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In the wake of the Pittsburgh synagogue shootings, many congregations have experienced an increase in attendees, including their own members, as well as clergy and members of the community-at-large, both Jewish and not Jewish. It’s tempting to lean on security personnel and a hardened exterior to keep sacred spaces safe, but it is also up to as, us leaders, to follow our tradition’s sacred teaching to welcome others fully into our spiritual home. While we consider heightening security, we must also heighten audacious hospitality. During this time of increased fear, having a single friendly face at the door to soften the presence of law enforcement can help everyone feel more welcomed, seen, and safe.
As we strive for safety and awareness, it’s important to account for the diversity of individuals within our own community. During this time of mourning and heightened sensitivity, it may be easy to forget that our Jewish community comprises individuals who have many identities, including Jews of Color, LGBTQ Jews, and Jews with disabilities, among others.
Here are three ways you can ensure your congregation is audaciously hospitable in the coming weeks (and always).
This person can be a staff member, a lay leader, or an especially welcoming, enthusiastic member. Here are some tips for greeters:
Staff, volunteers, and security personnel should strive to treat everyone with the same degree of warmth and awareness, as well as vigilance. For example, if you are asking for IDs, ask everyone (even the rabbi) to show an ID. If you are smiling, do your best to greet everyone with a smile.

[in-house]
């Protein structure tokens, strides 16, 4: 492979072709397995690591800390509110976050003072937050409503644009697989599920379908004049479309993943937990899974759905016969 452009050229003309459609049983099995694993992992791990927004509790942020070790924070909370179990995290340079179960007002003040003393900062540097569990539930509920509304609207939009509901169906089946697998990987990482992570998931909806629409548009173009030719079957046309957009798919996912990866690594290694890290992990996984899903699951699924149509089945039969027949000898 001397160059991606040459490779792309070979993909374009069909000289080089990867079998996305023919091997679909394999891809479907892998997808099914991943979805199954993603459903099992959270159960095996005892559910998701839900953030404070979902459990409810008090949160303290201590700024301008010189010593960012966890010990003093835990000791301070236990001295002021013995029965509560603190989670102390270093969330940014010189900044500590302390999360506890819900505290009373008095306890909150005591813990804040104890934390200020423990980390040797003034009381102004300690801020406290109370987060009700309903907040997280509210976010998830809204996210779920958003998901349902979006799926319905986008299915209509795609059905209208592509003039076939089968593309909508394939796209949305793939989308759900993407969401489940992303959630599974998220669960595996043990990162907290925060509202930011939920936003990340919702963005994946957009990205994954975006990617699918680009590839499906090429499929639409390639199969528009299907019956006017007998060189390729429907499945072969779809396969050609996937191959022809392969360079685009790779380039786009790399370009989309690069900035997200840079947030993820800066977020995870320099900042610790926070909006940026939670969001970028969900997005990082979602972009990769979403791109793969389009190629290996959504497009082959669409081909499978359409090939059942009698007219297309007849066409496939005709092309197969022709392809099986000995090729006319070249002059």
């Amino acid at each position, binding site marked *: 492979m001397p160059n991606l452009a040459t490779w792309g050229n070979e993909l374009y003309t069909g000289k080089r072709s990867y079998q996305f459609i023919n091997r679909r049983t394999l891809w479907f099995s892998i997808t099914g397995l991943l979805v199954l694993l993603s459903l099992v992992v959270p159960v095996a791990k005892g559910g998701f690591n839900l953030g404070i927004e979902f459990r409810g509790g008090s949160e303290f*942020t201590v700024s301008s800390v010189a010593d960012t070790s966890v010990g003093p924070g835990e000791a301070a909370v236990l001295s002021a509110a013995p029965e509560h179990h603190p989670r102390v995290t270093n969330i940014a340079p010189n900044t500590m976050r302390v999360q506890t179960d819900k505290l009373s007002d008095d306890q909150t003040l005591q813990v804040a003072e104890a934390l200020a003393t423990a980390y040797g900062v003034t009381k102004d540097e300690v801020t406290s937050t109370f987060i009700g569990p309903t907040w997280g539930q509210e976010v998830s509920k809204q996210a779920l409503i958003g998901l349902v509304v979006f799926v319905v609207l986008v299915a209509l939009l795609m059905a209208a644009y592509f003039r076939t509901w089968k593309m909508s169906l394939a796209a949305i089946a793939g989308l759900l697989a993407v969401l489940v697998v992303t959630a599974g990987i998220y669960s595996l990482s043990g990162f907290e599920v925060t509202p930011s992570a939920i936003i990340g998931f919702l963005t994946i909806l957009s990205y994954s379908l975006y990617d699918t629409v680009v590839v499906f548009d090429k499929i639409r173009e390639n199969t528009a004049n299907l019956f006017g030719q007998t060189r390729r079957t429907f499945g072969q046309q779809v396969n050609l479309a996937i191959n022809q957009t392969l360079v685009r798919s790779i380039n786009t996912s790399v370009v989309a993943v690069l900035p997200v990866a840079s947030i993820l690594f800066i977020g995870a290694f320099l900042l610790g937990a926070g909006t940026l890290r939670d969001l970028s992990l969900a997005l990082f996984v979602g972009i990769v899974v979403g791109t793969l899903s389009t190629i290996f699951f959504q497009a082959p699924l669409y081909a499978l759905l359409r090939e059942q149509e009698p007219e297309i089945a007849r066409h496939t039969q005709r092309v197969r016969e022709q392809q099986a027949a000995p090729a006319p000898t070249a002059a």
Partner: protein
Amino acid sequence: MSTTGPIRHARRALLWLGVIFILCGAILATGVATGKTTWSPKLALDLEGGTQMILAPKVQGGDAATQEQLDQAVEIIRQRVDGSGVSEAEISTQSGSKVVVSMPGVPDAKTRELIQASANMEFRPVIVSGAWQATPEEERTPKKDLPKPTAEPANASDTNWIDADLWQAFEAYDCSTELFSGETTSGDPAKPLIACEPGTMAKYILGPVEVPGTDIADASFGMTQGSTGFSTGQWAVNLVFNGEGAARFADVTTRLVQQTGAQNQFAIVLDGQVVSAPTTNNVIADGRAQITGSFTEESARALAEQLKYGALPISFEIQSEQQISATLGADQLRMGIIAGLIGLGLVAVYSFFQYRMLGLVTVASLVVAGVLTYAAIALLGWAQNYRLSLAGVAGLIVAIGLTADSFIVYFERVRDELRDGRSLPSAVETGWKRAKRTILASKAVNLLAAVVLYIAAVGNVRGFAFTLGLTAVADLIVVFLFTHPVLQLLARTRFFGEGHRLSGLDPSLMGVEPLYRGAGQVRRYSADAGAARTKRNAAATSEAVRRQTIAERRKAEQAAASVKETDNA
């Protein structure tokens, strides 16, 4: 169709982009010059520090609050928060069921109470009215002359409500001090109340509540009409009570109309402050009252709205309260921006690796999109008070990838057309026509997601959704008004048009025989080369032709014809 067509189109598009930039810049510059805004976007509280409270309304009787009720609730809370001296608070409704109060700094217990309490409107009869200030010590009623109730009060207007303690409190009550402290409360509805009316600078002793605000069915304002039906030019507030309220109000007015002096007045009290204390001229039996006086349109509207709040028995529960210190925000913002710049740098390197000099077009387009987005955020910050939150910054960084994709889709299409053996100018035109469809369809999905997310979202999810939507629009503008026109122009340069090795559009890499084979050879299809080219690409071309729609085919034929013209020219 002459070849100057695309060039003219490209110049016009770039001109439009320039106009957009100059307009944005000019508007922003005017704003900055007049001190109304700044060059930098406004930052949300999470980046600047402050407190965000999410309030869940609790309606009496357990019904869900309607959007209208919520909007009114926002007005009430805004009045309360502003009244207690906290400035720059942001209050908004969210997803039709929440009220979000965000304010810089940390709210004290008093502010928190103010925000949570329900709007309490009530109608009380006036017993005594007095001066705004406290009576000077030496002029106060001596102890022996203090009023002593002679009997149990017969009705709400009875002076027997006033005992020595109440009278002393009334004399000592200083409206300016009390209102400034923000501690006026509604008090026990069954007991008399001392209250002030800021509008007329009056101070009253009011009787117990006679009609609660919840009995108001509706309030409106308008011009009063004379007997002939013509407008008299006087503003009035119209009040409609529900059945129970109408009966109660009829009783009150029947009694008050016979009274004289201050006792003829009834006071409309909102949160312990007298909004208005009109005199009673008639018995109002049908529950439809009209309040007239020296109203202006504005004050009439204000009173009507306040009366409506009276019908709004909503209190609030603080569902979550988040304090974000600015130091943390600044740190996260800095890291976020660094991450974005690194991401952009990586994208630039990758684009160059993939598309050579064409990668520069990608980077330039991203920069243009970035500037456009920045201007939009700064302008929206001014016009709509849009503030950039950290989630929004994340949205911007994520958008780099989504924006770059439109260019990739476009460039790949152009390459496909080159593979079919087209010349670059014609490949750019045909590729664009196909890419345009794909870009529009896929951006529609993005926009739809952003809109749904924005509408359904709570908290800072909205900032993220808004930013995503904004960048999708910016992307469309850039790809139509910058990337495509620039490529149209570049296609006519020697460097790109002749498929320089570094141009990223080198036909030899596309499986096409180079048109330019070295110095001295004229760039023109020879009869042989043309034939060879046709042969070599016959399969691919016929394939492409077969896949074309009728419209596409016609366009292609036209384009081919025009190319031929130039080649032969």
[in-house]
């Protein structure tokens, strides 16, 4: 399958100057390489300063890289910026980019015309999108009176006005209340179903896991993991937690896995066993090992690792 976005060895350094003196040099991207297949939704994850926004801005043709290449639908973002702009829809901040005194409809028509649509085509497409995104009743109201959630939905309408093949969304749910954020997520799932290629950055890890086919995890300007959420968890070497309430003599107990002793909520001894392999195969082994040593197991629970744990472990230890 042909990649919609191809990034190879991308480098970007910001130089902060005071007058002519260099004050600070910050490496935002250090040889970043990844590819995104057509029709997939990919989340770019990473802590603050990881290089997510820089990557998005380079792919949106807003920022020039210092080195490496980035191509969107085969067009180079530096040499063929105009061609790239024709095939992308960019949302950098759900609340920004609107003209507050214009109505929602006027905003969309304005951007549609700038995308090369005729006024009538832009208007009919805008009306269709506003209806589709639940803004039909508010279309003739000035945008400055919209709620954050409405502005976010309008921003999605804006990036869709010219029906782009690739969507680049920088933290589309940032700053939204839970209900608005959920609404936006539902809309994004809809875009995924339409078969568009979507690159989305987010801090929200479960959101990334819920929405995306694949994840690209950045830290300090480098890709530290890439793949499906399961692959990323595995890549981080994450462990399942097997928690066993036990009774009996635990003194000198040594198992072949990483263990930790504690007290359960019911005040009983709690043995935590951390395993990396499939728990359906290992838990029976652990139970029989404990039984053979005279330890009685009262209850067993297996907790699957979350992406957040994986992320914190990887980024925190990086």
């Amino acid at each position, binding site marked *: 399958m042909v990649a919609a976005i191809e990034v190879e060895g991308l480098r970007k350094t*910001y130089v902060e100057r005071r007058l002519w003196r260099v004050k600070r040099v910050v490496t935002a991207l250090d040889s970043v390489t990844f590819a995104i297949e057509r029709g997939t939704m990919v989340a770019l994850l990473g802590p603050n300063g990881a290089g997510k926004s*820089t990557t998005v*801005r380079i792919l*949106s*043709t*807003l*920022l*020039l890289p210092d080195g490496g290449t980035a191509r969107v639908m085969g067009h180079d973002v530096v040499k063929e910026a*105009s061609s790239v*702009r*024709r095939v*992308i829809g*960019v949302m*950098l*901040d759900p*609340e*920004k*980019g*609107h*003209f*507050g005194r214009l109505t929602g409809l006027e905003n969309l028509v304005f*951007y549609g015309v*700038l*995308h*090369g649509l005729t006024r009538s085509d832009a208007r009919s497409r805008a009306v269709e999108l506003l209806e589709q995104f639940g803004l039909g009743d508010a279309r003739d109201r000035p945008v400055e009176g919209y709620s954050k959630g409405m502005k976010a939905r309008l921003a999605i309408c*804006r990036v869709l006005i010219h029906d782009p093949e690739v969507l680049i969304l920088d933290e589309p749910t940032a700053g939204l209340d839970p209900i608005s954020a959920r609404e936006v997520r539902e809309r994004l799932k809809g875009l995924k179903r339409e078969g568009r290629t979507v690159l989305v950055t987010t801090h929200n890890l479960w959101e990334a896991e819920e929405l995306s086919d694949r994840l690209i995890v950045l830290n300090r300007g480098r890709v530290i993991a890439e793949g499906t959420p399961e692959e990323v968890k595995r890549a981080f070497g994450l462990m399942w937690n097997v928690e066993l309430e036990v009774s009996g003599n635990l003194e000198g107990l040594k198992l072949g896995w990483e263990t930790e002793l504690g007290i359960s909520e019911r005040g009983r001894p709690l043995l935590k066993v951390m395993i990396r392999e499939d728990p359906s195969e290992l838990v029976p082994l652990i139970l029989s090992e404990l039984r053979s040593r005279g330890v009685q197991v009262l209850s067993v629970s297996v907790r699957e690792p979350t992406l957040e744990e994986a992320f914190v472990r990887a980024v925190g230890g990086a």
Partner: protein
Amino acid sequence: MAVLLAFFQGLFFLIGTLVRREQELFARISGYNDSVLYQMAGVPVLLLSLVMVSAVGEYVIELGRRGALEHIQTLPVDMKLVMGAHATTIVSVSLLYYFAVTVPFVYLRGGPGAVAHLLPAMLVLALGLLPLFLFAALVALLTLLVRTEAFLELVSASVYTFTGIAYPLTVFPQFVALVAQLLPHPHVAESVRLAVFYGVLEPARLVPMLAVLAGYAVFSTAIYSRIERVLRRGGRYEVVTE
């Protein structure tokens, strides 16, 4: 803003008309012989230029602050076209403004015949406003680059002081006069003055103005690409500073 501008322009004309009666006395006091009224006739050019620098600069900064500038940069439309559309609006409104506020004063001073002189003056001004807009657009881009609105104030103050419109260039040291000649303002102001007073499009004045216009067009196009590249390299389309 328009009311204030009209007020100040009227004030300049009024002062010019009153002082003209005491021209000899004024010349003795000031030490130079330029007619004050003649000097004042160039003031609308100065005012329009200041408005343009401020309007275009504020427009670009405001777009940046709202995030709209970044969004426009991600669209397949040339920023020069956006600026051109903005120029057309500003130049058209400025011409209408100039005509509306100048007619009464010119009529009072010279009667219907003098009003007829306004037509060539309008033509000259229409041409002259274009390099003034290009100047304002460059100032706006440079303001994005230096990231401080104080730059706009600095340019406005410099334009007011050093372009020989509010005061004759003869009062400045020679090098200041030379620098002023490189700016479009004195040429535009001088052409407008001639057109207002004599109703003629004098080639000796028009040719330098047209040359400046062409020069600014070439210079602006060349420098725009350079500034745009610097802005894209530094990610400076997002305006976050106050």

Our Jewish and local communities have different relationships with both law enforcement and the broader Jewish community than many of us do as Jewish leaders. You may hear about a negative experience; if so, be supportive and open to listening. Let individuals know you’re sorry that something painful happened and you will do everything in your power to ensure it doesn’t happen again. Mistakes happen, but it is important for others to know that there are trusted allies within the Jewish community who believe and support them. If you are unsure about how to respond, thank the person for informing you and reach out to the Union for Reform Judaism for expertise about how to navigate the situation.
Since the shooting in Pittsburgh, unprecedented numbers of people have searched the URJ’s database for local congregations, and many partners have reached out to offer support. As we continue to welcome new and old friends into our spiritual homes in the weeks to come, their presence will fill our hearts and inspire us to continue living Jewishly – not from a place of fear, but from one of strength and love.
Rabbi Rick Jacobs is the Union for Reform Judaism’s president. April Baskin is the organization’s vice president of audacious hospitality. Read more about the authors.